Updated: Oct 4
For most of my life I was a dancer, beginning with ballet, jazz, and tap and transitioning full force into Irish dance when I saw Riverdance for the first time at 12 years old. After touring professionally and teaching for well over a decade, life shifted for me, though dance still holds a special place in my heart.
So, when I discovered the great work of Once Upon a Dance through Reedsy, I was thrilled to get to read their stories that bring dance into the home of every reader. Because of the COVID-19 pandemic, many dance schools and performing companies were forced to shut their doors in the interest of safety. Ballerina Konora, the dancer around whom each of these lovely stories revolves, had to leave her role in the Nutcracker and she and her mother decided to create this series of stories. From picture books to non-fiction, each of these stories encourages movement and discovery for dancers of all types. Please check out my reviews below and connect with Once Upon a Dance to support struggling dance communities!
For dancers struggling being away from the studio because of the Coronavirus pandemic, this is an excellent written supplement to their practice. Encouraging and accessible in its delivery, young dancers will appreciate the support the narrator Konora provides throughout this story. Full color photographs and inspiring models make this a visually compelling addition to libraries for young dancers. Please see my full review here!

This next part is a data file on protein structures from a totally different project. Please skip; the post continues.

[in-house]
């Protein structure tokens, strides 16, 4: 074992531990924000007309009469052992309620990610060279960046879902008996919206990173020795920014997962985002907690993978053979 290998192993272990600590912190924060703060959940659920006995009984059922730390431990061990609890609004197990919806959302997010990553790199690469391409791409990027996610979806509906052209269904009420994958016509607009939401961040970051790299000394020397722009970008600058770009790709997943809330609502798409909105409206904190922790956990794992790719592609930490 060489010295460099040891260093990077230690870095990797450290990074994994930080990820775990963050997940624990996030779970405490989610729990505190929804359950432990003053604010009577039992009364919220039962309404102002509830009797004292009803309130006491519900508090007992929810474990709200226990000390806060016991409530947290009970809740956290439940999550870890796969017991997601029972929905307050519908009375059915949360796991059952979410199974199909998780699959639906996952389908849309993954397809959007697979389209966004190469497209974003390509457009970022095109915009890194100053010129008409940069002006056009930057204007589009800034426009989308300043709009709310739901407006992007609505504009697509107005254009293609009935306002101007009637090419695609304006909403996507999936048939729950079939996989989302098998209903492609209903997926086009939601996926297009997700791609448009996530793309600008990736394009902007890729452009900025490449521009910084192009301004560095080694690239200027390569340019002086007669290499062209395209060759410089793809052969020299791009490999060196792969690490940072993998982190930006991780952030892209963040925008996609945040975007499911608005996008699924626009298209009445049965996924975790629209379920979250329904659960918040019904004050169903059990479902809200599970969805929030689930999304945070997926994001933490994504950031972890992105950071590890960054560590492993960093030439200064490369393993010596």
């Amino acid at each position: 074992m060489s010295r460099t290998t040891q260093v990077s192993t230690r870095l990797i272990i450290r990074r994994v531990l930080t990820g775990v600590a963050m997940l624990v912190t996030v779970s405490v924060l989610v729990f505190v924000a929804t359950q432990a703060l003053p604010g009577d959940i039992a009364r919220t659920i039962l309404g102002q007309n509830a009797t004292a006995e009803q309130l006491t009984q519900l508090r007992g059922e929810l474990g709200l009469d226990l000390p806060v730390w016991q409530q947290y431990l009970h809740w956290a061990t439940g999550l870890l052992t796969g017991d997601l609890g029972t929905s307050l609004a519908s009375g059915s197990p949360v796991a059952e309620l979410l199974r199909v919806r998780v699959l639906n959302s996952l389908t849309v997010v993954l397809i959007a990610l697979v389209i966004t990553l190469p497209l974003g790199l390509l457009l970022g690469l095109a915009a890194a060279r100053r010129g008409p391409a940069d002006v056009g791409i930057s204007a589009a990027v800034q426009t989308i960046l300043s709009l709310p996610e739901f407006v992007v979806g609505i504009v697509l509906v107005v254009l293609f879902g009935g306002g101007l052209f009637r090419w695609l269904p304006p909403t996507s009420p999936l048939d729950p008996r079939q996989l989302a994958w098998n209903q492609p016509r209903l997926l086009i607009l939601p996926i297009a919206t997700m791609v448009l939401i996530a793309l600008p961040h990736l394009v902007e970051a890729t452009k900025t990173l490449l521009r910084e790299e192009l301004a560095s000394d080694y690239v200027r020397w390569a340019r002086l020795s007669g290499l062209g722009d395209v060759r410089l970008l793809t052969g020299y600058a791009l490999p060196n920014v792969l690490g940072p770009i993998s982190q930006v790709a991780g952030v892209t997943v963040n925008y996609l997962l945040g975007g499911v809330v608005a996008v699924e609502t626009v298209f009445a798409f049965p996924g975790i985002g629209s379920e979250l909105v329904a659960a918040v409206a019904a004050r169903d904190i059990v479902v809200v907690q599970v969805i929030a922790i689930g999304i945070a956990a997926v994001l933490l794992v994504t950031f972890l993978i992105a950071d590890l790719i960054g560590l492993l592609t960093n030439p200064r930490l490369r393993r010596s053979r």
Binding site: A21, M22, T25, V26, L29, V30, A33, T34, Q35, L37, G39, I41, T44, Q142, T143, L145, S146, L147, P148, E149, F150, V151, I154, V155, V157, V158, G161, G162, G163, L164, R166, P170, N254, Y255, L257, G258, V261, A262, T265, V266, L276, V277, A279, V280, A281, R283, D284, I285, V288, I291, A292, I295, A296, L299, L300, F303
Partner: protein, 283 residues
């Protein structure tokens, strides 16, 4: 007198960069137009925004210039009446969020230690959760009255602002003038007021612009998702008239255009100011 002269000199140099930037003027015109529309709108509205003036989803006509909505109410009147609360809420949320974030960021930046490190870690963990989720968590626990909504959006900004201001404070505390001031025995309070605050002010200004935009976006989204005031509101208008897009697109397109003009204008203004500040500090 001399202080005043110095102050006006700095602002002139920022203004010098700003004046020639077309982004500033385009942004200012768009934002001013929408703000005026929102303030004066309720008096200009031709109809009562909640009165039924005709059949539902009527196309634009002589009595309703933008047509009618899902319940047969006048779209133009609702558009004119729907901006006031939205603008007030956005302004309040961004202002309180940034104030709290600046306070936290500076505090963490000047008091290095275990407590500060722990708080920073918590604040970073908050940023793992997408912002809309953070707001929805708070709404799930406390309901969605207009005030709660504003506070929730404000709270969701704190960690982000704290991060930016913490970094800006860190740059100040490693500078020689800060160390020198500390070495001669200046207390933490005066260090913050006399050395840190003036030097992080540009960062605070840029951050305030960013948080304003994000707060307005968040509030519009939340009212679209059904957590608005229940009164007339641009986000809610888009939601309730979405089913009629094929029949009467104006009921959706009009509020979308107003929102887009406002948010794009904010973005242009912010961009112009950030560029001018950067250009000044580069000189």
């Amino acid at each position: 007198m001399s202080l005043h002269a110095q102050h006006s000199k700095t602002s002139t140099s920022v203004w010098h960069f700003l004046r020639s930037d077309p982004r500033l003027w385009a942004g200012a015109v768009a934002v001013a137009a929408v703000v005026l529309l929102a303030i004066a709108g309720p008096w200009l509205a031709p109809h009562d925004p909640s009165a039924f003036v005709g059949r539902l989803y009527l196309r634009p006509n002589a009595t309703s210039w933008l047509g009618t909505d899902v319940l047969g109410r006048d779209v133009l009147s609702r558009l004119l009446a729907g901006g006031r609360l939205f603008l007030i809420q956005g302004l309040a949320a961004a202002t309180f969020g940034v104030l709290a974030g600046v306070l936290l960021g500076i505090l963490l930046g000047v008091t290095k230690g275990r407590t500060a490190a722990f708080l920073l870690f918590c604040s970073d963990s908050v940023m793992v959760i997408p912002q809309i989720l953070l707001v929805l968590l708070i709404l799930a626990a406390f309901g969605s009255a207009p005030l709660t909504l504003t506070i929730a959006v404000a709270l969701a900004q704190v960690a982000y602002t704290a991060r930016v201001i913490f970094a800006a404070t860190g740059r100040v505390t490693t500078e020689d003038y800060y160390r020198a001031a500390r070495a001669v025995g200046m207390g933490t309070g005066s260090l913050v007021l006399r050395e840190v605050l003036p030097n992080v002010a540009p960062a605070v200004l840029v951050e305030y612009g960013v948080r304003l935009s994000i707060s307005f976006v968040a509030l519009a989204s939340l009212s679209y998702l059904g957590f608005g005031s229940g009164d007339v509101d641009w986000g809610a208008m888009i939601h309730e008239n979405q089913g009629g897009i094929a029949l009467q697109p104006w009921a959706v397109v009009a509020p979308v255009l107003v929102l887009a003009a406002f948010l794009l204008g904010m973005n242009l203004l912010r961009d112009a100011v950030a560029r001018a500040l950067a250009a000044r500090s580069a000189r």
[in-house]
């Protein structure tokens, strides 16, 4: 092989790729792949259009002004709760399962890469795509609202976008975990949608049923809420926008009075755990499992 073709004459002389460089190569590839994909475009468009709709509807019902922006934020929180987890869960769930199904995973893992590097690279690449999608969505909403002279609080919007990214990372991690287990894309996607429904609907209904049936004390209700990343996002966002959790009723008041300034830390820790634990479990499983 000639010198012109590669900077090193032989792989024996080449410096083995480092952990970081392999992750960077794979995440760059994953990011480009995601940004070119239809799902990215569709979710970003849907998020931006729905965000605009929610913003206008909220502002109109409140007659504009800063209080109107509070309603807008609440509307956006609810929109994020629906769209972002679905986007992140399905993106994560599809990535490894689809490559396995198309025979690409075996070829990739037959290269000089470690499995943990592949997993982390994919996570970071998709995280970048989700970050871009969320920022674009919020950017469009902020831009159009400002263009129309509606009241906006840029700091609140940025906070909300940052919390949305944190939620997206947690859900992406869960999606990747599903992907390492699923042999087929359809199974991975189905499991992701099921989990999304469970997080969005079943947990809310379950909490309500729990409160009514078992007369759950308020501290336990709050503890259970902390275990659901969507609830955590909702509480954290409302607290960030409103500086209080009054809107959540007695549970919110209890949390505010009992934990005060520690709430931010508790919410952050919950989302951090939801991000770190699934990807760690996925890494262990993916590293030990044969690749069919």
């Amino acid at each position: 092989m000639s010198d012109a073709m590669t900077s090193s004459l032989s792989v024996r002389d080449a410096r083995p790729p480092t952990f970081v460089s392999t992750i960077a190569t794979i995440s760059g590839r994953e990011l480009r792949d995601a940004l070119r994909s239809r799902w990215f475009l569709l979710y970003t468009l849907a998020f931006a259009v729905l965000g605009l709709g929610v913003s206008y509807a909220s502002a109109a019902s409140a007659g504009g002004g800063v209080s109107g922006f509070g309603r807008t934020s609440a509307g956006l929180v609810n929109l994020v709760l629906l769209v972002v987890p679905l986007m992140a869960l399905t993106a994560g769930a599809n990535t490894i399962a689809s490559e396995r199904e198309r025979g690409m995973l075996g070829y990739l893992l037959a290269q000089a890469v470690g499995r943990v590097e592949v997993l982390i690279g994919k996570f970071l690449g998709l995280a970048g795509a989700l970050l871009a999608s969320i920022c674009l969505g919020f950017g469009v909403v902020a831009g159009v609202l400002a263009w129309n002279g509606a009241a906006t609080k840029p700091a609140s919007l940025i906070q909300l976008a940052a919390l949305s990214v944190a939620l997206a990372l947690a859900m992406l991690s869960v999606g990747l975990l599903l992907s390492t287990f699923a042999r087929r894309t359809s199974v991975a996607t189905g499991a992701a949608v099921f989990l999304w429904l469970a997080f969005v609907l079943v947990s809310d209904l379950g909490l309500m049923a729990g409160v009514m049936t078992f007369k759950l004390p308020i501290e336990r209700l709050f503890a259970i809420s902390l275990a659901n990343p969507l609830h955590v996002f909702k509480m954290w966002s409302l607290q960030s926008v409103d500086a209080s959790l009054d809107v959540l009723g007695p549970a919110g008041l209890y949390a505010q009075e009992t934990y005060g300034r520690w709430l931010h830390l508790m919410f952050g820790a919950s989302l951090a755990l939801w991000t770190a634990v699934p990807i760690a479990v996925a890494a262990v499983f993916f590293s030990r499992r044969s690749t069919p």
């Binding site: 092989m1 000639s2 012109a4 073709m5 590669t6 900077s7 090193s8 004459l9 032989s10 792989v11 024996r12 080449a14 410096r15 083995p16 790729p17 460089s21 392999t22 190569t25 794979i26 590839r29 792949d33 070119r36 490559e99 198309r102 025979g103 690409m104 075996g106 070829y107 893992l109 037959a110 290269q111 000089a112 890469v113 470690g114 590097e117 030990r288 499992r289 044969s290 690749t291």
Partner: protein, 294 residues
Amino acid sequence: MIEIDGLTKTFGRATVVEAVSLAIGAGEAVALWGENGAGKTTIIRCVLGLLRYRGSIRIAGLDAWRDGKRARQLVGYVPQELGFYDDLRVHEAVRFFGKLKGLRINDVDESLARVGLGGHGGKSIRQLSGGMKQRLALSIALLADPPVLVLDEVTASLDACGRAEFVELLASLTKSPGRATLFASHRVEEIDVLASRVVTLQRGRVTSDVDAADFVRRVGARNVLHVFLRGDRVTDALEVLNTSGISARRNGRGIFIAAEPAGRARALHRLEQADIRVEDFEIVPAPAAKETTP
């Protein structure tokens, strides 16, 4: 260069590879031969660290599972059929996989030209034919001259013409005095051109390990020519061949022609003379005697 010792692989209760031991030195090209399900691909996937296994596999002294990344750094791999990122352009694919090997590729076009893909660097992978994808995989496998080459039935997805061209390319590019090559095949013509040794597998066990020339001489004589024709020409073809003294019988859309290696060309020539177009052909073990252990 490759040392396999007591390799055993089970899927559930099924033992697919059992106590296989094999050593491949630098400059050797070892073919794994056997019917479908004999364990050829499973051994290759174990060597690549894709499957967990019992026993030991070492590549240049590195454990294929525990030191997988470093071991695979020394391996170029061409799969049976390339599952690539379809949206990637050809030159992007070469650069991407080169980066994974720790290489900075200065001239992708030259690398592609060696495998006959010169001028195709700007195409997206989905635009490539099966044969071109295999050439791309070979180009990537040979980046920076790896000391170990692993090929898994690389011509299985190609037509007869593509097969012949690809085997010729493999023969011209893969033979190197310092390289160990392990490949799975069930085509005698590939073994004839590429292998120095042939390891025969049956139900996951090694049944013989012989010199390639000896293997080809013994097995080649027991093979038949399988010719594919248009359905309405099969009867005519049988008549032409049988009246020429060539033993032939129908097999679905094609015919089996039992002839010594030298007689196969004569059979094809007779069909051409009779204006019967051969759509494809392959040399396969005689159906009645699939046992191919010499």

More Dancing Shapes
This book is a natural extension of the original Dancing Shapes book, inviting readers to try new shapes along with Ballerina Konora through images and written instructions. For those who have read the first book, there is a game to try to locate images that are the same from one to the other; however, this book stands easily on its own, as well. Young dancers who are ready to experiment with the ways their bodies can move will love adding this book to their libraries. Please see my full review here.
Nutcracker Dancing Shapes
Ballerina Konora has been in Nutcracker performances since she began dancing as a young girl. She has compiled her experiences into this colorful story that explains the variations on the Nutcracker story and introduces dance movements to try at home. Please see my full review here.